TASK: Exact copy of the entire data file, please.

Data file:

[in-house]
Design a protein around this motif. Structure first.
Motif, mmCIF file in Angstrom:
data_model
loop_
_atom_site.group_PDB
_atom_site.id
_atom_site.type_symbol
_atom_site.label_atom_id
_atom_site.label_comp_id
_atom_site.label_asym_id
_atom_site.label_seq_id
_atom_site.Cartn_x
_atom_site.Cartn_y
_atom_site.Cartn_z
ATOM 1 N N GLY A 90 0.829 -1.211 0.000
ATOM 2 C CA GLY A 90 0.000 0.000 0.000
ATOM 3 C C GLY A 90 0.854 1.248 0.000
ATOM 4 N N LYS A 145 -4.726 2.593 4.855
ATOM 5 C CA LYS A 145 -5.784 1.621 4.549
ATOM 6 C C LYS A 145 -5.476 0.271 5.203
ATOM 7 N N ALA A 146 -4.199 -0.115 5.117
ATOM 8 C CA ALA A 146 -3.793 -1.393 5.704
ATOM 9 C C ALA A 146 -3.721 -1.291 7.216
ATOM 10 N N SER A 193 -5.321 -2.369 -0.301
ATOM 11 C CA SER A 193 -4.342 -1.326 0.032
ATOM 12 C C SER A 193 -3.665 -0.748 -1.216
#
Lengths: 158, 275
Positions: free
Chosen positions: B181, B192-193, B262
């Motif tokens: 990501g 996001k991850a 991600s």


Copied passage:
[in-house]
Design a protein around this motif. Structure first.
Motif, mmCIF file in Angstrom:
data_model
loop_
_atom_site.group_PDB
_atom_site.id
_atom_site.type_symbol
_atom_site.label_atom_id
_atom_site.label_comp_id
_atom_site.label_asym_id
_atom_site.label_seq_id
_atom_site.Cartn_x
_atom_site.Cartn_y
_atom_site.Cartn_z
ATOM 1 N N GLY A 90 0.829 -1.211 0.000
ATOM 2 C CA GLY A 90 0.000 0.000 0.000
ATOM 3 C C GLY A 90 0.854 1.248 0.000
ATOM 4 N N LYS A 145 -4.726 2.593 4.855
ATOM 5 C CA LYS A 145 -5.784 1.621 4.549
ATOM 6 C C LYS A 145 -5.476 0.271 5.203
ATOM 7 N N ALA A 146 -4.199 -0.115 5.117
ATOM 8 C CA ALA A 146 -3.793 -1.393 5.704
ATOM 9 C C ALA A 146 -3.721 -1.291 7.216
ATOM 10 N N SER A 193 -5.321 -2.369 -0.301
ATOM 11 C CA SER A 193 -4.342 -1.326 0.032
ATOM 12 C C SER A 193 -3.665 -0.748 -1.216
#
Lengths: 158, 275
Positions: free
Chosen positions: B181, B192-193, B262
């Motif tokens: 990501g 996001k991850a 991600s």